insurrection of the slaves in Jamaica, and success to them !! Boswell tells us, that he once gave this toast, with a slight variation, when in company with some very grave men at Ox. ford.' • Here,' said he is to the next insurrection of the

, Negroes in the West Indies.' *

Now, let it not be supposed that we shrink from the most rigorous scrutiny of the whole question, which the most argumentative and cold-hearted logician can desire, when we observe, in passing, how very reasonable, as well as natural, such summary views of the subject are. Can

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Life, iii. 219. His Biographer, indeed, protests vehemently against such sentiments; and avows, with even less than his usual judgment, his veneration for the long-established status of slavery'-nay, for the Trade itself, to abolish which, he says, would be to shut the gates of mercy on mankind!!'-meaning, as he distinctly states, the African portion of mankind, whom, saith he, it saves from intolerable · bondage in their own country, and introduces into a much happier state of life!' In his great alarm lest the 'wild and dangerous at. tempt to abolish so very important and necessary a branch of com'mercial interest’ should succeed (for he has the White as well as the Black interest in his view), he derives a mighty consolation from the reflexion that, whatever may have passed elsewhere concerning

it, the HOUSE OF LORDS' (so he prints their Lordships) is wise and independent,' (ib. p. 222)—with more matter, which now-adays would be of dangerous import to a publisher, and expose him to the risk of being punished perhaps by both Houses—the Lower' taking it as serious,-the Wise' as satirical.

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ing to prove, that one man has no right to steal another, and then, by force, keep possession of him and of his children for ever? or that, admitting some claim of property could be set up to the father, as from his own voluntary sale of himself, the unborn child, at least, has a right to freedom? Whoever requires such proof, would also demand reasons for abolishing cannibalism, or punishing murder. Indeed, if reasons were given, he would probably be found inaccessible to them. A voyage to the West Indies, or to the Western Coast of Africa, would not convince him;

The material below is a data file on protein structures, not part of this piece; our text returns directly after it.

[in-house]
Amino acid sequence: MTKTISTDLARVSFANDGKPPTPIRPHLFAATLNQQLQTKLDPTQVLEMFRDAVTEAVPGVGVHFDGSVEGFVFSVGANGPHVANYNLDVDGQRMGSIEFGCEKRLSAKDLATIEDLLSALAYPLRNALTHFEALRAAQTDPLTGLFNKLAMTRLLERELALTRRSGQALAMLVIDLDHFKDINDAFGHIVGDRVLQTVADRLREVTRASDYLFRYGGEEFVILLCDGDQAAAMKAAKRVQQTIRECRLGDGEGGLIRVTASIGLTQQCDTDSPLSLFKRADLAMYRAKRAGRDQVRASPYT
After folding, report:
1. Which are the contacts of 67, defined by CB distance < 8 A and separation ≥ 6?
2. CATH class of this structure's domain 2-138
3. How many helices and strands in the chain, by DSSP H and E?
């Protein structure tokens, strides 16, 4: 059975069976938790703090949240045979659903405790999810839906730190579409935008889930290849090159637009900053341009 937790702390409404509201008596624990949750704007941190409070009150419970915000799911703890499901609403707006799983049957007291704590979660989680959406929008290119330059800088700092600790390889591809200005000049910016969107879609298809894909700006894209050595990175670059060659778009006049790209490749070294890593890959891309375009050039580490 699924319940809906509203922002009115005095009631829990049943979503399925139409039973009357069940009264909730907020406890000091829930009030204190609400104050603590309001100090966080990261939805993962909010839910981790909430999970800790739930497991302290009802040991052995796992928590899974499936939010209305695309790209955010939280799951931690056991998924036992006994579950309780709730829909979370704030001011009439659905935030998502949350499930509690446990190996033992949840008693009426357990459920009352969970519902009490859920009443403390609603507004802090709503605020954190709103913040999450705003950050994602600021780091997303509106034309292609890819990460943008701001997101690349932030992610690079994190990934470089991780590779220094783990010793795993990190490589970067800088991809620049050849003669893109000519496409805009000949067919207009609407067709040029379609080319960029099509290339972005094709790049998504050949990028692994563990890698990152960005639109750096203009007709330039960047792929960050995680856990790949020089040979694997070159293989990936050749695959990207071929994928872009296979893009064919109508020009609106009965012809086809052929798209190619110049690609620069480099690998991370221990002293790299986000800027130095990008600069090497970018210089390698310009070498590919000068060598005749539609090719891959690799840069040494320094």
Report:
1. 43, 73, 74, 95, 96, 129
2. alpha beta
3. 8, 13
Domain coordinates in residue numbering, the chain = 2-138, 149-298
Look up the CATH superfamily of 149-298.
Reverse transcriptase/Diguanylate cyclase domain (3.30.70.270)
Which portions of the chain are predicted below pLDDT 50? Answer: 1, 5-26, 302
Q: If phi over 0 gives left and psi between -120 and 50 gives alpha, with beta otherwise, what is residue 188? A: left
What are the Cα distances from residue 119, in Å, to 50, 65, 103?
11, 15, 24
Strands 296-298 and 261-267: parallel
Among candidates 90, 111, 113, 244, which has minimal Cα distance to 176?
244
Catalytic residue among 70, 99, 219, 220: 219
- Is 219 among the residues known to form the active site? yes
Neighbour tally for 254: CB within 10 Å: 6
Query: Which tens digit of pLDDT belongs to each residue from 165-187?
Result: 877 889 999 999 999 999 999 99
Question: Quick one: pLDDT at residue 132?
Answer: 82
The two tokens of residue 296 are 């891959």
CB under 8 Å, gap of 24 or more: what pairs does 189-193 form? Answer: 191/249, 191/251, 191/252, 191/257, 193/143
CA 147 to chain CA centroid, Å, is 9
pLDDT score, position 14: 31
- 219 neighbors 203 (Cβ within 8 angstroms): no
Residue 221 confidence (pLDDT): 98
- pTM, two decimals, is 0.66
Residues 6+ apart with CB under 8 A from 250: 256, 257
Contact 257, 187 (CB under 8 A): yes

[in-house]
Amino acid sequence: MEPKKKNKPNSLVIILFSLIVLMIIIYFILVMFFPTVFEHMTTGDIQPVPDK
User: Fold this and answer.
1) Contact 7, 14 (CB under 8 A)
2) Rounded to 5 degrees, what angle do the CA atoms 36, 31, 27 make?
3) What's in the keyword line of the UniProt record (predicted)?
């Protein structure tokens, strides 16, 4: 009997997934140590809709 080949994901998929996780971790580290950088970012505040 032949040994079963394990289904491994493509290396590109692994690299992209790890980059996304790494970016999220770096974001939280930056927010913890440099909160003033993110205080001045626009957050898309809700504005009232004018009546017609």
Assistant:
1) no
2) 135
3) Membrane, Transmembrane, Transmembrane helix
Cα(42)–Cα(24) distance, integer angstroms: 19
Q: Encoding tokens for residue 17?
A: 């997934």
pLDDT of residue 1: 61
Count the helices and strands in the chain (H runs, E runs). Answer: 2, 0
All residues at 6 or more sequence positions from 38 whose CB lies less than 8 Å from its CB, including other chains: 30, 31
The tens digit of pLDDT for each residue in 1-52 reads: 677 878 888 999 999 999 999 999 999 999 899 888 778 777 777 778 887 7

he must go to the north of that continents—to the states of Tripoli or Algiers, and view the very trifling and inadequate retaliation there practised upon Europeans. It is then possible that he might change his opinion upon the point of lawfulness; but his conversion would, after all, be rather through the appeal made to his feelings, when the case of the slave became his own, than through any elaborate process of demonstration.

Whoever regards the relative numbers and situation of the Whites and Blacks in the West Indies, must at once be prepared, either to assert that there is no such thing as human rights, and indeed no difference between right and wrong, or to admit, that there can be but one conceivable justification for the continuance of the slave system--the unfitness of the slaves themselves to change their state suddenly, and become free citizens. From hence results the inference, that their immediate liberation would be injurious to themselves as well as to their masters; and that, after doing them irreparable injury, by reducing them to so cruel and unnatural a state, we have no right to aggravate their wrongs by striking off their fetters before they are prepared to move about in freedom. Any considerations of expediency, as far as the master is concerned, can weigh nothing in deciding the question of right; but we have a right, no doubt, to retain the Negro in slavery, if his own safety absolutely requires it. This only tenable ground of defence must, however, on all hands, be admitted to be slippery and dangerous, and situated on the brink of the most fatal er